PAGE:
Adam Kalsey is the first person I've seen who does not recommend Firefox as the default browser for the masses.  I find this position curious because his point about what things do and don't work in Firefox are pithy for a pre-release product compared to the benefit offered.  You've got to wonder why a regular user would switch to Firefox in the first place, apart from all of his hacker friends telling him it's the best thing to do.  There are only a couple of features that Firefox offers over and above what you get with a plain IE install, and most users wouldn't make full use them. 
One of the things I like best about Firefox is tabbed browsing.  I've always had this in Opera, but I like how Firefox does it.  If you click on a link with the scroll wheel (yes, it's a button too), the link page will appear in a new tab, leaving the page that you're on open.  This makes it easier to return to your last page than even using the back button, since it's still open.  I've noticed that some sites have started to figure out how to get around Firefox's popup blocking, so that's inconvenient.  Mostly it works, though.  After testing out IE's popup blocker (in Windows XP SP2), I would like to suggest that when you unblock the popup in Firefox that it pops up the window that it tried to pop up that caused the warning.  So if the page that I'm on, Page A, tries to pop up Page B and is blocked, then when I unblock the popup, Page B should pop up.  Firefox has the integrated search bar, too.  It comes with Google by default, but if you are an intensive searcher, you can visit the Firefox plugins site and get more options for the search bar.  My search bar lets me search IMDB (movies), Wikipedia (encyclopedia), and SuprNova (BitTorrent files), and will even use Altavista to translate Italian words to English.  The point that Kalsey makes is that users just want their "computer to go on the internet".  That users really don't know what this "browser" thing is.  That's a bunch of hooey.  It would take 2 seconds to explain the word and then they'd know.  People aren't so stupid.  Why they might want a different browser is a better question.  IE is the slowest program I run.  It takes forever to start.  It is prone to strange hangups.  It downloads slowly.  The cache is not managed well, or it's too large.  Granted, a lot of the issues I have with IE are probably related to how I (ab)use my computer, but it's annoying to have to sit and wait for things to work.  I suppose that there are many other users who simply take it for granted that their browser is supposed to run so slowly.  Another aspect where Firefox rules is standards support.  I've never really been a big fan of standards, but I've grown to appreciate them more over the years.  Yet, explaining their importance to common users is difficult and oftentimes pointless.  Here's how web standards effect you: Developers waste time writing code to ensure that their pages will work on all browsers instead of only coding to published standards to which IE does not adhere.  As a result, they are not able to spend that time creating more robust content.  You'll hear web developers say, "I was going to do this cool thing, but it mangles the page on IE, so I had to leave it out." Usually that means they wasted a ton of time trying to get it to work in IE and failed.  The trick is that in order to get people to realize what they're missing in their web rendering, they'll have to try out Firefox.  It's a reasonable download, much less than IE.  If you haven't, you should give it a try.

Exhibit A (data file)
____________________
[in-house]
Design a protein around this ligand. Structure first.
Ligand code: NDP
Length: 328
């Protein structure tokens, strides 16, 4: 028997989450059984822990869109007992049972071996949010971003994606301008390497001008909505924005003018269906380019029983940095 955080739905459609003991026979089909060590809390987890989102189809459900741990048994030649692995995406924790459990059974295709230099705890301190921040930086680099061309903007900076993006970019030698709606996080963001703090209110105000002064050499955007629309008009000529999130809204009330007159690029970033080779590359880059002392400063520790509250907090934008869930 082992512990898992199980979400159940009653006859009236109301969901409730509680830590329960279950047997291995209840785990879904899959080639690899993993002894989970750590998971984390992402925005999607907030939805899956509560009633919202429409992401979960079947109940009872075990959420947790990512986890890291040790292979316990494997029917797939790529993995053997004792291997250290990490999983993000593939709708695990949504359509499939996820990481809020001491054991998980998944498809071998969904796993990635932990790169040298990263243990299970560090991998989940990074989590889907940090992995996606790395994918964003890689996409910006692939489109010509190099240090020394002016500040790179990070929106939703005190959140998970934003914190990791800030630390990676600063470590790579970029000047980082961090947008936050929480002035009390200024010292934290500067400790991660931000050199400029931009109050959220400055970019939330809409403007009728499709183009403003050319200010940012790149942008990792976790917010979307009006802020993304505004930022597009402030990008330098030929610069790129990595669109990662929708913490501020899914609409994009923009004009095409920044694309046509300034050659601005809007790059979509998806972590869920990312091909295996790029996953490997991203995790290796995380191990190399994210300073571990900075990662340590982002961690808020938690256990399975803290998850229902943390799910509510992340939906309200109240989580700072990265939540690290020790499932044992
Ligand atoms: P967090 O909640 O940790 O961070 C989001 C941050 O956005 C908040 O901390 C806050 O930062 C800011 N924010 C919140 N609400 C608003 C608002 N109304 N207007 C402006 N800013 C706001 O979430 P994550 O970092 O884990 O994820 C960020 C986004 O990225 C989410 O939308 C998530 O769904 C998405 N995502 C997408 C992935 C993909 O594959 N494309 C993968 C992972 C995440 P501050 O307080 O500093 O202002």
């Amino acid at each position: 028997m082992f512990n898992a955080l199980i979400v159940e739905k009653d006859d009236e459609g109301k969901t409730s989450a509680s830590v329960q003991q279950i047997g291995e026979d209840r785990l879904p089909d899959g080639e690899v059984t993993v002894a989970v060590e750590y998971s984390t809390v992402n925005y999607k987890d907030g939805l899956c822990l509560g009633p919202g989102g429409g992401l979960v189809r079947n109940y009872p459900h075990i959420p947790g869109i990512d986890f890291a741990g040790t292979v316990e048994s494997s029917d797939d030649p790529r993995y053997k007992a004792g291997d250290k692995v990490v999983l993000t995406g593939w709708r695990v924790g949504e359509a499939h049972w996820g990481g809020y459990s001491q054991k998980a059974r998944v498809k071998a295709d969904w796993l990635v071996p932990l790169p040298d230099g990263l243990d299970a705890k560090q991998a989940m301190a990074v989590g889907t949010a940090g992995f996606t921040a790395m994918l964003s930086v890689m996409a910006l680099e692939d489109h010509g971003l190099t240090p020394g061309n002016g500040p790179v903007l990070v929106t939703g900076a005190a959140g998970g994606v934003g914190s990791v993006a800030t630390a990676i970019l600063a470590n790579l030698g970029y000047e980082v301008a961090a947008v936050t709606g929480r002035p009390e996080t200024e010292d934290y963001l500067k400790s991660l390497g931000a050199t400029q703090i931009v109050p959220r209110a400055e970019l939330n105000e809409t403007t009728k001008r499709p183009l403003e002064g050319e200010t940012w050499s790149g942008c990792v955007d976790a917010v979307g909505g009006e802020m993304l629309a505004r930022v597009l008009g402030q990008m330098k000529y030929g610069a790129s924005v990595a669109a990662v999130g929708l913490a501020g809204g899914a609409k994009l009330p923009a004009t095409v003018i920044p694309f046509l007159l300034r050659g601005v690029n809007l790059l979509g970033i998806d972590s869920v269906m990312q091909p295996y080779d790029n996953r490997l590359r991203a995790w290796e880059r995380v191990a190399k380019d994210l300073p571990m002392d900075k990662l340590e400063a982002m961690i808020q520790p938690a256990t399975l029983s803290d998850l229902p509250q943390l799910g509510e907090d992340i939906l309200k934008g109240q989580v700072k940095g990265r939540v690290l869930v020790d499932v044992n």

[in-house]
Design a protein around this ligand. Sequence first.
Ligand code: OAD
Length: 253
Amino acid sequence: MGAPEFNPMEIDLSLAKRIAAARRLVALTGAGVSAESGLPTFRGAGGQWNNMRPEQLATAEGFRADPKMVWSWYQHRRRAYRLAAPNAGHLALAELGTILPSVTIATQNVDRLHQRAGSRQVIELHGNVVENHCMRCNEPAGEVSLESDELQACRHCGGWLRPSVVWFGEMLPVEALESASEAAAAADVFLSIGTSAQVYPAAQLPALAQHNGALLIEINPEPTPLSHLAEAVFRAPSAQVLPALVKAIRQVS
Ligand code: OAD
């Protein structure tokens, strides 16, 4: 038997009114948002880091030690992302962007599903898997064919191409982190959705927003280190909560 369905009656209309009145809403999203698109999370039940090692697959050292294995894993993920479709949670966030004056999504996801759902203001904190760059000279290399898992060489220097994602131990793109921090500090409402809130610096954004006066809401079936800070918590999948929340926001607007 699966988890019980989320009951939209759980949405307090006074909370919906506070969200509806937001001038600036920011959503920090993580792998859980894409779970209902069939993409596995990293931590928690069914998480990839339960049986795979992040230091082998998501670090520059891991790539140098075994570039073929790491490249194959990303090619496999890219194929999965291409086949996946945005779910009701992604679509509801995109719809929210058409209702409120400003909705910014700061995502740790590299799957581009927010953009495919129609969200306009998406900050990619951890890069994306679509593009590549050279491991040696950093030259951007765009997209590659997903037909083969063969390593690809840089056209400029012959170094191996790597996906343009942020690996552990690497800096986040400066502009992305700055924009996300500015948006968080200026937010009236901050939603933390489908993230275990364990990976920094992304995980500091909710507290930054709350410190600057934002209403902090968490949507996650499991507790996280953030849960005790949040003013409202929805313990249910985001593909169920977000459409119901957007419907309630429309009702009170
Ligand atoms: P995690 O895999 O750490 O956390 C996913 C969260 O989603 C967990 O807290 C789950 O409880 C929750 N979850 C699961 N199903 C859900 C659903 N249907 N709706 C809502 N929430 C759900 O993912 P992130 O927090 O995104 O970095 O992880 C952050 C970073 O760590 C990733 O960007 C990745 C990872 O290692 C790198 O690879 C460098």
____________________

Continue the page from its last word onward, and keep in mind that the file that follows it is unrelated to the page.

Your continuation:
Comments

I have not tried your Firefox extension. It looks a little crazy for my tastes. I'm happy to open individual windows after a search. I'm sure it will be useful to other readers, though.

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